Centered. Elevated. Celebrated. Well Resourced. Welcome to Nonprofit Wakanda.
This piece was originally published in the inaugural issue of Nonprofit Wakanda Quarterly, an independent and free space for Black people who work or who are involved in the nonprofit sector to dream, aspire, interrogate, and express, freely.
More than anything, Nonprofit Wakanda Quarterly is a platform for authentic, meaningful dialogue. Be clear, the vision for a Nonprofit Wakanda, much like many of our visions for the sector, is a space where Black folx are celebrated, recognized, and given agency. We are not going to spend time on the Wakanda reference; y’all know. Much like Wakanda, though, true racial and gender equity the nonprofit sector is fictitious, so we must dream, imagine, and then reimagine what a Nonprofit Wakanda looks, feels, tastes, smells, sounds, and pays like...we hold this space to share our own visions and in time, when we create our desired future, our history of struggle and achievement will have been precisely and accurately recorded.
Our goal is simple: provide space for Black nonprofit leaders to flex their intellectual muscles in a way that will truly move the sector forward. We are more committed to that goal than being the holders of the space; we await your bigger and better ideas so we can shift to that. Until then, Nonprofit Wakanda forever! We love you, we pray this space will be a blessing and reflect the abundance that flows through our melanated communities in New York City.
— In struggle, with love and solidarity, Nonprofit Wakanda Quarterly George Suttles
“For those of you familiar with the 2018 Marvel movie ‘Black Panther,’ Wakanda is a fictional African country where, in all of its glory, Blackness is centered, elevated, celebrated, and well resourced.”
— Founding Members of Nonprofit Wakanda Quarterly
Centered. Elevated. Celebrated. Well Resourced.
THAT’S what I’m talking about.
Right now, we’re far from that. We’re fragmented, embattled, and under-resourced. But let’s not dwell on the current state. The purpose of this exercise is to focus on the desired state — the place where we’re headed.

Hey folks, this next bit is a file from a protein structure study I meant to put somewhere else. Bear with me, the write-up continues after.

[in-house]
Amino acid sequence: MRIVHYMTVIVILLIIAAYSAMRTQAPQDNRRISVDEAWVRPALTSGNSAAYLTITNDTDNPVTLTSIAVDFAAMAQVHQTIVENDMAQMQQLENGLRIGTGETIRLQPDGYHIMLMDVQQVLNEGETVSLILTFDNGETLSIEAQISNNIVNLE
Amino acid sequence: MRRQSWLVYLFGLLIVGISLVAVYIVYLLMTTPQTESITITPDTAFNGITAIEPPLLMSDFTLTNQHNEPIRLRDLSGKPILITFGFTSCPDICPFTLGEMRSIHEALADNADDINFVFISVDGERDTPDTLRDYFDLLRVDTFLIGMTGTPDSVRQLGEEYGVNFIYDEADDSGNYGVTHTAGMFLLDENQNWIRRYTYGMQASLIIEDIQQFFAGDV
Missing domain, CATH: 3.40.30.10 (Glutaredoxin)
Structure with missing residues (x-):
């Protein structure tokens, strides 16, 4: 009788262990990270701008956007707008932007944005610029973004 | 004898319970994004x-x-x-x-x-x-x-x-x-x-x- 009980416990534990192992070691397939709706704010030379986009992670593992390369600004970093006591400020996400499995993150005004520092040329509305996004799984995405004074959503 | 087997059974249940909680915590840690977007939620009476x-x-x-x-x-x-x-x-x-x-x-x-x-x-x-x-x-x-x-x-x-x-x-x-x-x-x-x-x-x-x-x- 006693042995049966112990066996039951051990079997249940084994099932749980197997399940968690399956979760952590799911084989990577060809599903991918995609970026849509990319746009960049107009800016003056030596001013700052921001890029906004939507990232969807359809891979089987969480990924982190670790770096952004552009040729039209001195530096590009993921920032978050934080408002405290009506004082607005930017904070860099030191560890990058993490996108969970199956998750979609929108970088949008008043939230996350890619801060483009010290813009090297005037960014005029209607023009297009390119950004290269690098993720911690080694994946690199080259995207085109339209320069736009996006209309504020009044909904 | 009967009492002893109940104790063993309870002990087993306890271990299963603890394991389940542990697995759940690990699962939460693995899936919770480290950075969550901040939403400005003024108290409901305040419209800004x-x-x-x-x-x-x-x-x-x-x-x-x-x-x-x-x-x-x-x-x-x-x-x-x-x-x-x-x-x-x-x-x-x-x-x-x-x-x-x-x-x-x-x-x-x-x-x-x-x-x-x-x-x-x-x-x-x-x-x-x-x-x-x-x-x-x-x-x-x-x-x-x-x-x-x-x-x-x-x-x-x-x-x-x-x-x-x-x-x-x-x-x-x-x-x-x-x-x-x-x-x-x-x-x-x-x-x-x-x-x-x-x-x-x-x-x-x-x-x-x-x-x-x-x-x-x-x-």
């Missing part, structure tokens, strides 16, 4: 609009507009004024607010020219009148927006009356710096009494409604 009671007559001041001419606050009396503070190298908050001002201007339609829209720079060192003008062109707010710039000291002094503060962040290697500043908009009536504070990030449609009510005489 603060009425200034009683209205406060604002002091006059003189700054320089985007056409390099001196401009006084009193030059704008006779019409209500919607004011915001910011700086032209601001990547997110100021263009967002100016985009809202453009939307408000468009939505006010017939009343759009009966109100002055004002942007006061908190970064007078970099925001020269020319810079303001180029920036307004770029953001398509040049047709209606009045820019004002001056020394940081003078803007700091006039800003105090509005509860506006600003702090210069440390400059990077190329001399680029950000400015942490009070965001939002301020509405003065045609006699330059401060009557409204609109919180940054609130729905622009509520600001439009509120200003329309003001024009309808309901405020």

We are headed towards a state of self-sufficiency, ownership, and measurable, population-level change. That’s right, my fellow Black nonprofit professionals: in the end, this is all about results. It’s about creating a nonprofit ecosystem that is designed to live out its usefulness, not perpetuate its power and influence. We aren’t fighting poverty, cancer, mass incarceration, homophobia, climate change, or anything else, for its own sake. We don’t want to fight these things forever, even though we will if we have to. We’re fighting these things so that we can eradicate them, so that one day, whatever the fight may be, we no longer have to fight it.
So, what does that look like?
First of all, it looks like us. “Us” being whoever the people are who are most affected. In this instance, when I say “us” I’m talking about Black people, and I reference our unique journey through slavery and oppression in America to distinguish us from other segments of the social justice movement.
That’s the first feature of Nonprofit Wakanda: We are centered. It’s about us. For us. It’s about our communities, and for our communities. It is about our people, and for our people. Black people. African Americans. I also include Caribbean Americans, whose colonizers simply landed a little farther south, and Native Americans, our kindred spirits, who were victimized by white oppression even before we were, among our number. But that’s it.